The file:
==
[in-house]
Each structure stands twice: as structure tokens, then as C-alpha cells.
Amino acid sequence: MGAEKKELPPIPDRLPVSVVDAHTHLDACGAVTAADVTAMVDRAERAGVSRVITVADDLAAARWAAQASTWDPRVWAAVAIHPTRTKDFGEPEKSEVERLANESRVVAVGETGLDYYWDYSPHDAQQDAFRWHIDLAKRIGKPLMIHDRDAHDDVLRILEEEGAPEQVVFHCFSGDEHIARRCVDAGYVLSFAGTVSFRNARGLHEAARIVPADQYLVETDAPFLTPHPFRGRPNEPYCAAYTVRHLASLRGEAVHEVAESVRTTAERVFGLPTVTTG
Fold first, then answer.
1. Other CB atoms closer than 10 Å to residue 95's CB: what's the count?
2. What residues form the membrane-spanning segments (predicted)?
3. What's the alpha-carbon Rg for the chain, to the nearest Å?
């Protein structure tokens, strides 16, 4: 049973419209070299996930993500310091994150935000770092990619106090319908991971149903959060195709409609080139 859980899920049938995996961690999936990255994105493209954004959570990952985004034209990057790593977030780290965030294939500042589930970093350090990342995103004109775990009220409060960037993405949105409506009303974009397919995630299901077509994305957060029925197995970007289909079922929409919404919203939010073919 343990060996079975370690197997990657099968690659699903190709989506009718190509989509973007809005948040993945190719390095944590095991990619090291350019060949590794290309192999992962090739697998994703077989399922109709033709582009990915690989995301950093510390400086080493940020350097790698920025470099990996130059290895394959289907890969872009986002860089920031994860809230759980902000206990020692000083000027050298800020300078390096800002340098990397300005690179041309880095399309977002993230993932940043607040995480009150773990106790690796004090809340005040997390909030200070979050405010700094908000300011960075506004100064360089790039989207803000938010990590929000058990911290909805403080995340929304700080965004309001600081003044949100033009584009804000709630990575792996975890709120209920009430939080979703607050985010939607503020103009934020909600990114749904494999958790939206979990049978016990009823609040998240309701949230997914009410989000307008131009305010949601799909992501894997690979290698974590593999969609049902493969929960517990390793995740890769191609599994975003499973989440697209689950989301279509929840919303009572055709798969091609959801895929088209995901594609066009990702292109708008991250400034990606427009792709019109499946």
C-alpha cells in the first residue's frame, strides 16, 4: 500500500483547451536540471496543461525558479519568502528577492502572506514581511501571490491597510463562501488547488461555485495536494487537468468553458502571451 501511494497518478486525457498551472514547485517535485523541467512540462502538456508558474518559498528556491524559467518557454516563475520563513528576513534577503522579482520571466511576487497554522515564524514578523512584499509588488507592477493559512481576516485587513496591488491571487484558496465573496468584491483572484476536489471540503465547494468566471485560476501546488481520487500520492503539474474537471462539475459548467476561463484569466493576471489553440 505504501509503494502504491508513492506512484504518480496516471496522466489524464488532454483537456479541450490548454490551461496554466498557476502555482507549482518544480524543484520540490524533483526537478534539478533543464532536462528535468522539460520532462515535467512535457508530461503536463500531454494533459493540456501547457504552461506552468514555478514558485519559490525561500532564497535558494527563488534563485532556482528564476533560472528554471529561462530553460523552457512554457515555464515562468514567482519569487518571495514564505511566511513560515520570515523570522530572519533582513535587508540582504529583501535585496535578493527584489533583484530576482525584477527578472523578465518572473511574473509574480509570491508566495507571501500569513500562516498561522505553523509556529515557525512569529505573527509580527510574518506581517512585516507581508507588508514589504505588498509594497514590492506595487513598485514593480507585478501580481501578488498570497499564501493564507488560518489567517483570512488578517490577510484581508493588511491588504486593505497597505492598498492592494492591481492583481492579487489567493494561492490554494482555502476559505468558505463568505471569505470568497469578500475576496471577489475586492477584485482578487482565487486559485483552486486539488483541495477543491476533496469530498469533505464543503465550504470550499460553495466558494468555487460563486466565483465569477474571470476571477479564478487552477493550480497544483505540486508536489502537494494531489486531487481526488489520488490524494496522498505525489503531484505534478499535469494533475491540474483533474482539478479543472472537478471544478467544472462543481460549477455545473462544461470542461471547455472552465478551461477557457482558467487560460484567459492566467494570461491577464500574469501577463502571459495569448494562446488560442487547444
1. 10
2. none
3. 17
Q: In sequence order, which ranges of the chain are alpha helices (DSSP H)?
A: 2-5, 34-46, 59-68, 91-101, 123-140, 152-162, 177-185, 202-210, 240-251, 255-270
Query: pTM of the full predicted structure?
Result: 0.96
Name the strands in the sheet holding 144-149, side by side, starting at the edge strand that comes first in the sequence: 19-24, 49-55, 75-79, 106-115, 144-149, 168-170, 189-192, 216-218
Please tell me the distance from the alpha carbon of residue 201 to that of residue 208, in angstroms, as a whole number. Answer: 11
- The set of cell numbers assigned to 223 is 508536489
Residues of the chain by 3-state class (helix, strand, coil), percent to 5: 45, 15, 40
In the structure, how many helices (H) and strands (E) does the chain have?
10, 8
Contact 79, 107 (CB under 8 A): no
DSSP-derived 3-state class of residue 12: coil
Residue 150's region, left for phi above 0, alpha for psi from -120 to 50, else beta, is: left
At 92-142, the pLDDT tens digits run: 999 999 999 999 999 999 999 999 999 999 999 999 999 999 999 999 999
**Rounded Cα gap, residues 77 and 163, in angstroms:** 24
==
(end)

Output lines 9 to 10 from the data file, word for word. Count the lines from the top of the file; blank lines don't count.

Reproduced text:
C-alpha cells in the first residue's frame, strides 16, 4: 500500500483547451536540471496543461525558479519568502528577492502572506514581511501571490491597510463562501488547488461555485495536494487537468468553458502571451 501511494497518478486525457498551472514547485517535485523541467512540462502538456508558474518559498528556491524559467518557454516563475520563513528576513534577503522579482520571466511576487497554522515564524514578523512584499509588488507592477493559512481576516485587513496591488491571487484558496465573496468584491483572484476536489471540503465547494468566471485560476501546488481520487500520492503539474474537471462539475459548467476561463484569466493576471489553440 505504501509503494502504491508513492506512484504518480496516471496522466489524464488532454483537456479541450490548454490551461496554466498557476502555482507549482518544480524543484520540490524533483526537478534539478533543464532536462528535468522539460520532462515535467512535457508530461503536463500531454494533459493540456501547457504552461506552468514555478514558485519559490525561500532564497535558494527563488534563485532556482528564476533560472528554471529561462530553460523552457512554457515555464515562468514567482519569487518571495514564505511566511513560515520570515523570522530572519533582513535587508540582504529583501535585496535578493527584489533583484530576482525584477527578472523578465518572473511574473509574480509570491508566495507571501500569513500562516498561522505553523509556529515557525512569529505573527509580527510574518506581517512585516507581508507588508514589504505588498509594497514590492506595487513598485514593480507585478501580481501578488498570497499564501493564507488560518489567517483570512488578517490577510484581508493588511491588504486593505497597505492598498492592494492591481492583481492579487489567493494561492490554494482555502476559505468558505463568505471569505470568497469578500475576496471577489475586492477584485482578487482565487486559485483552486486539488483541495477543491476533496469530498469533505464543503465550504470550499460553495466558494468555487460563486466565483465569477474571470476571477479564478487552477493550480497544483505540486508536489502537494494531489486531487481526488489520488490524494496522498505525489503531484505534478499535469494533475491540474483533474482539478479543472472537478471544478467544472462543481460549477455545473462544461470542461471547455472552465478551461477557457482558467487560460484567459492566467494570461491577464500574469501577463502571459495569448494562446488560442487547444
1. 10